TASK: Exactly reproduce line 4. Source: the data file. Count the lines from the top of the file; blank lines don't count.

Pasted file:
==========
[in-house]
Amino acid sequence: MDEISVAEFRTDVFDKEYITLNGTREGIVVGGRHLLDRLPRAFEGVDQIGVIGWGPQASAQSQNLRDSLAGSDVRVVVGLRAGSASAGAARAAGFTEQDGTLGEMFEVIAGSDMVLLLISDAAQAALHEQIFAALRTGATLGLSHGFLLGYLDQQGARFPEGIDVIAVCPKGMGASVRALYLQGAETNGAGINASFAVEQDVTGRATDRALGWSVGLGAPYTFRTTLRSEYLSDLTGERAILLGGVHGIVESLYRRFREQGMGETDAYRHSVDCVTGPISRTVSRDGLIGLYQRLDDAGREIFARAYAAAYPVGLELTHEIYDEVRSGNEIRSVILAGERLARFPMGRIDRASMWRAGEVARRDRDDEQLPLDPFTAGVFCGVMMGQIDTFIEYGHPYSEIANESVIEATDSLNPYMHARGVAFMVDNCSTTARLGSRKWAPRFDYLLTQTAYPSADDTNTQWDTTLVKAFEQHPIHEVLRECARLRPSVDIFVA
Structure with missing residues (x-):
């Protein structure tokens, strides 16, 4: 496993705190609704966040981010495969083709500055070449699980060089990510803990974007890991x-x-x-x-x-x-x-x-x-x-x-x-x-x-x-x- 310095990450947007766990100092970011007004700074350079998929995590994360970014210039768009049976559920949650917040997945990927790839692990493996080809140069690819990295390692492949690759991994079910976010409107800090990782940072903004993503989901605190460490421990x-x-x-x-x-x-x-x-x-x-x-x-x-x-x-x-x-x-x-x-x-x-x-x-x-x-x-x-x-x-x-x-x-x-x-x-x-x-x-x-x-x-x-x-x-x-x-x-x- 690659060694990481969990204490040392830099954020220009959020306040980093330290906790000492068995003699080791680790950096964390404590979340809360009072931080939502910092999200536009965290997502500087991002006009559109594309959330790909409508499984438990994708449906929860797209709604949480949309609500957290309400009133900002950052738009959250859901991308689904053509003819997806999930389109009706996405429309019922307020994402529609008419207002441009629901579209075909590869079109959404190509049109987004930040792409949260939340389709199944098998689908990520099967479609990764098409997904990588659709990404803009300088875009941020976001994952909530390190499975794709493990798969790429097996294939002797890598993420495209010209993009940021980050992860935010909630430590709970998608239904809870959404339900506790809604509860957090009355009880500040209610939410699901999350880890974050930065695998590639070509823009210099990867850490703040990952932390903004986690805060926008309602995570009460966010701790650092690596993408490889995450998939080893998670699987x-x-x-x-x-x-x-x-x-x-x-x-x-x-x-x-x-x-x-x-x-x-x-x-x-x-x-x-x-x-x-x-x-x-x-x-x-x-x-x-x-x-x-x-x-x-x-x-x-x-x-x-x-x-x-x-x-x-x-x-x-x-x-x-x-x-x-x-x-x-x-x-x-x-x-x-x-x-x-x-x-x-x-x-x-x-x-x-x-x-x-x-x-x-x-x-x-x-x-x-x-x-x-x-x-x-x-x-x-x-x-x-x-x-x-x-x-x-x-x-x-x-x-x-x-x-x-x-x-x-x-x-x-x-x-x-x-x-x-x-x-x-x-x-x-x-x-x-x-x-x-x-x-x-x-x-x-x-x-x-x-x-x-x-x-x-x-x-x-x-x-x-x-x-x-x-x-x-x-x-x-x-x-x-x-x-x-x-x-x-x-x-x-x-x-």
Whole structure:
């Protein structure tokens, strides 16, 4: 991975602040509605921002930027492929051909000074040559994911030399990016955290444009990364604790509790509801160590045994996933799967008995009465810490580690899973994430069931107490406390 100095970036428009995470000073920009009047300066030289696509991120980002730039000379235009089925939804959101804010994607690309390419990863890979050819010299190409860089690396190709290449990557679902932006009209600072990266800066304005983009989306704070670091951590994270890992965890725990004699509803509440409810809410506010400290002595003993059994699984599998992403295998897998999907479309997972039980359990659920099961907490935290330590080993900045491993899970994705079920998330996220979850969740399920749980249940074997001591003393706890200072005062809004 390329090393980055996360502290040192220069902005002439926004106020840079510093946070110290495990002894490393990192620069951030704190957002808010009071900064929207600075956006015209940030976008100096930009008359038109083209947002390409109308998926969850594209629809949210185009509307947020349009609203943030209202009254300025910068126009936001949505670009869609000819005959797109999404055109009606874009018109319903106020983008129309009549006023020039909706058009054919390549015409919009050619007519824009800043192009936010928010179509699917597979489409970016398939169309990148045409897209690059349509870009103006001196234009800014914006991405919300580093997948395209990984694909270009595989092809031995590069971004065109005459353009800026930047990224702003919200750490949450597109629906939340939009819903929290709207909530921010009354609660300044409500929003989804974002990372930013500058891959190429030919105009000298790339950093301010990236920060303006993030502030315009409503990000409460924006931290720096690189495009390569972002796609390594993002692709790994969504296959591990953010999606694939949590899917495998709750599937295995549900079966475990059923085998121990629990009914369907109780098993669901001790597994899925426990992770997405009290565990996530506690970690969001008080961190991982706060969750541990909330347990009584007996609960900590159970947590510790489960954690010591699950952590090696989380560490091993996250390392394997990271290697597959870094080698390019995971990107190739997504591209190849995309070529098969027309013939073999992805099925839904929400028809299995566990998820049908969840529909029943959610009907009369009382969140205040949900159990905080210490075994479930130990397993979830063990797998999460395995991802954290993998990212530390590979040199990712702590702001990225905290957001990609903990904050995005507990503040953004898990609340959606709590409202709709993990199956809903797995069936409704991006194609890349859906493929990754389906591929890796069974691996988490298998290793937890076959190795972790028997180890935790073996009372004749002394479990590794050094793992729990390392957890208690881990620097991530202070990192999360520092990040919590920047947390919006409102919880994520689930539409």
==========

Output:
């Protein structure tokens, strides 16, 4: 496993705190609704966040981010495969083709500055070449699980060089990510803990974007890991x-x-x-x-x-x-x-x-x-x-x-x-x-x-x-x- 310095990450947007766990100092970011007004700074350079998929995590994360970014210039768009049976559920949650917040997945990927790839692990493996080809140069690819990295390692492949690759991994079910976010409107800090990782940072903004993503989901605190460490421990x-x-x-x-x-x-x-x-x-x-x-x-x-x-x-x-x-x-x-x-x-x-x-x-x-x-x-x-x-x-x-x-x-x-x-x-x-x-x-x-x-x-x-x-x-x-x-x-x- 690659060694990481969990204490040392830099954020220009959020306040980093330290906790000492068995003699080791680790950096964390404590979340809360009072931080939502910092999200536009965290997502500087991002006009559109594309959330790909409508499984438990994708449906929860797209709604949480949309609500957290309400009133900002950052738009959250859901991308689904053509003819997806999930389109009706996405429309019922307020994402529609008419207002441009629901579209075909590869079109959404190509049109987004930040792409949260939340389709199944098998689908990520099967479609990764098409997904990588659709990404803009300088875009941020976001994952909530390190499975794709493990798969790429097996294939002797890598993420495209010209993009940021980050992860935010909630430590709970998608239904809870959404339900506790809604509860957090009355009880500040209610939410699901999350880890974050930065695998590639070509823009210099990867850490703040990952932390903004986690805060926008309602995570009460966010701790650092690596993408490889995450998939080893998670699987x-x-x-x-x-x-x-x-x-x-x-x-x-x-x-x-x-x-x-x-x-x-x-x-x-x-x-x-x-x-x-x-x-x-x-x-x-x-x-x-x-x-x-x-x-x-x-x-x-x-x-x-x-x-x-x-x-x-x-x-x-x-x-x-x-x-x-x-x-x-x-x-x-x-x-x-x-x-x-x-x-x-x-x-x-x-x-x-x-x-x-x-x-x-x-x-x-x-x-x-x-x-x-x-x-x-x-x-x-x-x-x-x-x-x-x-x-x-x-x-x-x-x-x-x-x-x-x-x-x-x-x-x-x-x-x-x-x-x-x-x-x-x-x-x-x-x-x-x-x-x-x-x-x-x-x-x-x-x-x-x-x-x-x-x-x-x-x-x-x-x-x-x-x-x-x-x-x-x-x-x-x-x-x-x-x-x-x-x-x-x-x-x-x-x-």